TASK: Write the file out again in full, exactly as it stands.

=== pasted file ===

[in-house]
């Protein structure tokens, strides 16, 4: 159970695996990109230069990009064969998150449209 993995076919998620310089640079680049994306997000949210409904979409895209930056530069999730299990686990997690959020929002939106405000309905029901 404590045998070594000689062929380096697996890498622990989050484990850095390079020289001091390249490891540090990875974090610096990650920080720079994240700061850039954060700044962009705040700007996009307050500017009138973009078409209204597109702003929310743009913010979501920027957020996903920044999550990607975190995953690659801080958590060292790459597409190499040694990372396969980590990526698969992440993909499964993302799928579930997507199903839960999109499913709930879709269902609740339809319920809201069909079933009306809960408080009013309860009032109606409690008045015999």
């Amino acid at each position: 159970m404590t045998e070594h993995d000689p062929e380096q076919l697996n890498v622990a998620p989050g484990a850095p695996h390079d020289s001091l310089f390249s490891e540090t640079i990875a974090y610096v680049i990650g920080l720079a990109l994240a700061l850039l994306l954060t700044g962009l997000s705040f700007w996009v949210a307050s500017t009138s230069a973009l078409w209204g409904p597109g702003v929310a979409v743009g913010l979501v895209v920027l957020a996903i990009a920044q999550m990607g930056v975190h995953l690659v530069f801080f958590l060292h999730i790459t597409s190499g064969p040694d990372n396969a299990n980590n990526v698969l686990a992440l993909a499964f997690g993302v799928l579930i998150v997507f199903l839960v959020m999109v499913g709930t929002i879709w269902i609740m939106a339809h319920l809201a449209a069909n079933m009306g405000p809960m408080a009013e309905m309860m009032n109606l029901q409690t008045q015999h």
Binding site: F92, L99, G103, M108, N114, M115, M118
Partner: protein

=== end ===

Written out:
[in-house]
């Protein structure tokens, strides 16, 4: 159970695996990109230069990009064969998150449209 993995076919998620310089640079680049994306997000949210409904979409895209930056530069999730299990686990997690959020929002939106405000309905029901 404590045998070594000689062929380096697996890498622990989050484990850095390079020289001091390249490891540090990875974090610096990650920080720079994240700061850039954060700044962009705040700007996009307050500017009138973009078409209204597109702003929310743009913010979501920027957020996903920044999550990607975190995953690659801080958590060292790459597409190499040694990372396969980590990526698969992440993909499964993302799928579930997507199903839960999109499913709930879709269902609740339809319920809201069909079933009306809960408080009013309860009032109606409690008045015999």
């Amino acid at each position: 159970m404590t045998e070594h993995d000689p062929e380096q076919l697996n890498v622990a998620p989050g484990a850095p695996h390079d020289s001091l310089f390249s490891e540090t640079i990875a974090y610096v680049i990650g920080l720079a990109l994240a700061l850039l994306l954060t700044g962009l997000s705040f700007w996009v949210a307050s500017t009138s230069a973009l078409w209204g409904p597109g702003v929310a979409v743009g913010l979501v895209v920027l957020a996903i990009a920044q999550m990607g930056v975190h995953l690659v530069f801080f958590l060292h999730i790459t597409s190499g064969p040694d990372n396969a299990n980590n990526v698969l686990a992440l993909a499964f997690g993302v799928l579930i998150v997507f199903l839960v959020m999109v499913g709930t929002i879709w269902i609740m939106a339809h319920l809201a449209a069909n079933m009306g405000p809960m408080a009013e309905m309860m009032n109606l029901q409690t008045q015999h």
Binding site: F92, L99, G103, M108, N114, M115, M118
Partner: protein